It’s important to recognize that 988 serves a different purpose than 911. While not required by any federal law, some enterprises may wish to implement 988 within the dial plans of their existing phone system. “This is often a relatively simple task, especially with recent requirements for 911 calling required by Kari's Law. In fact, with the dial plan being cleared for direct access to 911, direct access to 988 becomes even simpler to implement. Since each phone system is different, the request should be directed to the PBX or PBX-equivalent service provider,” Mark Fletcher, VP of public safety systems for 911inform, said.
From the perspective of the person receiving the call, they likely don't have location information available in case the call escalates to an exigent circumstance and warrants transfer to 911. Since the original call does not carry information regarding the physical locality of the device from which it has been made, the person receiving the call has no way of figuring out the location. Further, those who receive the initial calls have no greater ability to transfer a call to the appropriate 911 center than any of us do from traditional landlines. Additionally, the call recipient may have no idea who is calling, the originating phone number, the location of that number, or knowledge of whether or not any of the information received is accurate or real.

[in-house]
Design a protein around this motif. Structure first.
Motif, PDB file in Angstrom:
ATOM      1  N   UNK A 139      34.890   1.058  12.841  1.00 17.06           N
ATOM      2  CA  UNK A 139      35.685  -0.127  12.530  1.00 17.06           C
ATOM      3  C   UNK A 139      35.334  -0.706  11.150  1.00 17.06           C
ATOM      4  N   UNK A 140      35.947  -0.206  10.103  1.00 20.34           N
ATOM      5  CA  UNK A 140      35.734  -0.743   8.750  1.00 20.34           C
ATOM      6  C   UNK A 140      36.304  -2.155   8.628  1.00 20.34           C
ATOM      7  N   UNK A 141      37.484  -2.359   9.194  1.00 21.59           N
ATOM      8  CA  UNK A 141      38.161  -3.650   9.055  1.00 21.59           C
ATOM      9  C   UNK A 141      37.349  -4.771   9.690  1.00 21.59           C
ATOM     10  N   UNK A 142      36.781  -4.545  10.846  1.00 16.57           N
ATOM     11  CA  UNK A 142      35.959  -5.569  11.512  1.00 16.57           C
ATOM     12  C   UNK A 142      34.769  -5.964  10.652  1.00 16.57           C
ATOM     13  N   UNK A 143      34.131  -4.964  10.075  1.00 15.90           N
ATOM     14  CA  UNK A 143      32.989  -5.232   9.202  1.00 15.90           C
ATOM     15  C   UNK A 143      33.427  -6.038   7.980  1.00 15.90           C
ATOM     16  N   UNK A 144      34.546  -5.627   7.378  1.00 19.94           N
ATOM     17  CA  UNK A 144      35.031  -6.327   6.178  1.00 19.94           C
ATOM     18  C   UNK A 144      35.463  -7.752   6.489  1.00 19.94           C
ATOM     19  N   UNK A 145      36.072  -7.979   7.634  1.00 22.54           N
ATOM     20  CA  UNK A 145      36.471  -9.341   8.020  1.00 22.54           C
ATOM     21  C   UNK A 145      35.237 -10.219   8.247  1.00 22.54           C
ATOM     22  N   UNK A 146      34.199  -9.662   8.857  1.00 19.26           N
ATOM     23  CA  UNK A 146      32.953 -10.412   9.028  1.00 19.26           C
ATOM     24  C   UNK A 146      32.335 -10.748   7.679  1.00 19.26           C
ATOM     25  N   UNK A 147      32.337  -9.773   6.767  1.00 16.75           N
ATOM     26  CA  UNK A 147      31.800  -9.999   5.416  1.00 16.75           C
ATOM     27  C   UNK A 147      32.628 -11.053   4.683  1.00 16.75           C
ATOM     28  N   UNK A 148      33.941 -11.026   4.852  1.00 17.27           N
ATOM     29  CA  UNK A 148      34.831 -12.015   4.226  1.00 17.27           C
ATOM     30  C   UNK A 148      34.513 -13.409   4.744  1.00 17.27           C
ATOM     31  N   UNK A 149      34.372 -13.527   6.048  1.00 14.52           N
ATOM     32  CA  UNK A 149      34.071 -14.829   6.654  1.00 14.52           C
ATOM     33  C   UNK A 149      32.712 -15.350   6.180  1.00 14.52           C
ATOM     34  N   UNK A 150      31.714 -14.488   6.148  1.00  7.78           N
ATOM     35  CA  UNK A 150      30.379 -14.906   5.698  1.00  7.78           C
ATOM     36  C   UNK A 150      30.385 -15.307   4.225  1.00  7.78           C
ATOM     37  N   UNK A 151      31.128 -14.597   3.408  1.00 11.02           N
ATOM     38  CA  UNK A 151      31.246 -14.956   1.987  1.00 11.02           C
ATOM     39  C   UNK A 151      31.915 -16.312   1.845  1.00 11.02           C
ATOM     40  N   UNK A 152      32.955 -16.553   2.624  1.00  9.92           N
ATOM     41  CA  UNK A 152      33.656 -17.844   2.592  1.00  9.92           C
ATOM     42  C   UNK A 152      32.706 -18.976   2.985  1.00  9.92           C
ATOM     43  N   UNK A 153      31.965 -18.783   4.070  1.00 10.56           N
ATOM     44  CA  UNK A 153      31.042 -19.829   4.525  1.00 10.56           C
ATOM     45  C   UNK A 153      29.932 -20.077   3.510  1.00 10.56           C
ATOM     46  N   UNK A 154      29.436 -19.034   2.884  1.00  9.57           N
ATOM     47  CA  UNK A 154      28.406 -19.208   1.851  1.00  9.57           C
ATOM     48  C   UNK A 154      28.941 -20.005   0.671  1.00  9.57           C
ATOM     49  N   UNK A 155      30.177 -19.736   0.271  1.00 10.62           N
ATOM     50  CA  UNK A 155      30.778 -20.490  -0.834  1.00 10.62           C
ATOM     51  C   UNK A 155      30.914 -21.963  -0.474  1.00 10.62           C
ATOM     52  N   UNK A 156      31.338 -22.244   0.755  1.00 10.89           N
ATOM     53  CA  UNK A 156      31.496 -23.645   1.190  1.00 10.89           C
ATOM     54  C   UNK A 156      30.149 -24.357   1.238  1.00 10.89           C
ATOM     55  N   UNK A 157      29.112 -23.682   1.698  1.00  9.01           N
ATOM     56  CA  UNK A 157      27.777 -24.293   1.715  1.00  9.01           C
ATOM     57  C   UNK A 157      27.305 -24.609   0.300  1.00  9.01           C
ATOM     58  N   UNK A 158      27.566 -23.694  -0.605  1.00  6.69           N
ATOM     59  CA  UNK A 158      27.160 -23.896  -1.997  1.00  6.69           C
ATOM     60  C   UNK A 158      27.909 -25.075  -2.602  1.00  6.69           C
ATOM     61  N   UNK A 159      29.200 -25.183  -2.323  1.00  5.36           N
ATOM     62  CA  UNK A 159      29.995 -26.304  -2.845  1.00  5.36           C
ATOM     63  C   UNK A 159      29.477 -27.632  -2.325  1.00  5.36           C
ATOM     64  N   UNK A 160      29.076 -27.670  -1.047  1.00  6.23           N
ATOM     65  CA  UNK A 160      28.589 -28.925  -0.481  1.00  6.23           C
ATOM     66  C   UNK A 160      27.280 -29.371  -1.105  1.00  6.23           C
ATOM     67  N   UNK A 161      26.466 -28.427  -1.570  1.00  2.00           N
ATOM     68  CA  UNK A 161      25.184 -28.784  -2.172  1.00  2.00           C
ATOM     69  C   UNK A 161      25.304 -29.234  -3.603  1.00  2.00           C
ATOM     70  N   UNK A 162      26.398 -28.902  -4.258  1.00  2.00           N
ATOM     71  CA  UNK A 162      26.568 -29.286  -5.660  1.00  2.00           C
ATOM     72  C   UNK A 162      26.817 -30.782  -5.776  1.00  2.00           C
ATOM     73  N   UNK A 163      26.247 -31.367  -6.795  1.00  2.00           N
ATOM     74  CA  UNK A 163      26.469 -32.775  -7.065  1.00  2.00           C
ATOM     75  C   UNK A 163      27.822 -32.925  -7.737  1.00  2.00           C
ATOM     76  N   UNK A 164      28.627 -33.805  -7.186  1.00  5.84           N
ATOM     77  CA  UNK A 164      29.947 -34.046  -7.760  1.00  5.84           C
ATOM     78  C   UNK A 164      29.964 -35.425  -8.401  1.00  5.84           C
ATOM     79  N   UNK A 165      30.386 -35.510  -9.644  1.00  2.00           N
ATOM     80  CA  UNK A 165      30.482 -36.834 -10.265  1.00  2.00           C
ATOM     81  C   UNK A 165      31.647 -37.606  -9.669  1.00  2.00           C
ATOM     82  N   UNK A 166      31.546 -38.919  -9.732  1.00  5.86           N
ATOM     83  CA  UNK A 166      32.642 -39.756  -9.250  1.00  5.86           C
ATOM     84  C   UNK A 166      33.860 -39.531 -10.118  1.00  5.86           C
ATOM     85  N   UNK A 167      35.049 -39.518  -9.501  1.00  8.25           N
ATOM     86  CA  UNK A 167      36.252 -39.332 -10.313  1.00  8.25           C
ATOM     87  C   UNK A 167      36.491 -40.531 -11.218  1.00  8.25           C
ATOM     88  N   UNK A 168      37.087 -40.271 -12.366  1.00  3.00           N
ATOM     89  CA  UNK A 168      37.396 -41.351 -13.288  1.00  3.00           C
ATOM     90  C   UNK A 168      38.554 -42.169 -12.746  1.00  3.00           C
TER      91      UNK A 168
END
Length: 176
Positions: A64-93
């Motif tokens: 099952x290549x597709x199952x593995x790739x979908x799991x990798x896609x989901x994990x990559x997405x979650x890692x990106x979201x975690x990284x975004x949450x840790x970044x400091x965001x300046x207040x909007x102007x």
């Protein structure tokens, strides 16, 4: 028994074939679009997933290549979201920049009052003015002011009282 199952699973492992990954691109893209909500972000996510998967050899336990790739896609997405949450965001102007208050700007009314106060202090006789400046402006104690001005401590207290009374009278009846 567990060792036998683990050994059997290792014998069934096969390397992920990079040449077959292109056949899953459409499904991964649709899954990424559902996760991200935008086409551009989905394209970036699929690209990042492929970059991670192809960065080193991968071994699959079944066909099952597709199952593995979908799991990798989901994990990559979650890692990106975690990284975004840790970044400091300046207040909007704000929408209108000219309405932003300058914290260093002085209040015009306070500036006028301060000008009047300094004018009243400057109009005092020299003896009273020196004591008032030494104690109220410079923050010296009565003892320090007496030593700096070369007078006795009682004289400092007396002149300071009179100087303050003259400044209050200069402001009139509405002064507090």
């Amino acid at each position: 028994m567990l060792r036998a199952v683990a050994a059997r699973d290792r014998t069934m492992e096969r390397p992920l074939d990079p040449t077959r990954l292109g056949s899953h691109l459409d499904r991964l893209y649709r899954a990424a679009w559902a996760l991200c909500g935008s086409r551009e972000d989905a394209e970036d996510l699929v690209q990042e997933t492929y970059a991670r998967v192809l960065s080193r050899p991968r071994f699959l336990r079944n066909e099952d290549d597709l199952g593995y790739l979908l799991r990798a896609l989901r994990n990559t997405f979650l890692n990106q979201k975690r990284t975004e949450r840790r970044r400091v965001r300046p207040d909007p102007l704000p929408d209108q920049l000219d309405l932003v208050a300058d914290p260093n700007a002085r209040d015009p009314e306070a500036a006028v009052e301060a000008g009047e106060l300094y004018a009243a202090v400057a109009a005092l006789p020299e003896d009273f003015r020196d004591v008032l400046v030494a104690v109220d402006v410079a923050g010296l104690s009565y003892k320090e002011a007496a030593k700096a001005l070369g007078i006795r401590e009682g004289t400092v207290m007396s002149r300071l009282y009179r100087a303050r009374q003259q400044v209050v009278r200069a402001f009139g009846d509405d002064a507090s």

Most importantly, whatever information has been received, chances are that even if the call has been transferred successfully, it’s likely not to reach the appropriate and proximate 911 center. Currently, any routing logic that exists in the network is set up by area code in the local exchange of the calling device. That does no good getting someone to a local center with number mobility and portability. “The bottom line is if the caller doesn’t provide [their] location, [they are] pretty much unable to get any kind of in-person response, other than that of a counselor by phone,” said Fletcher.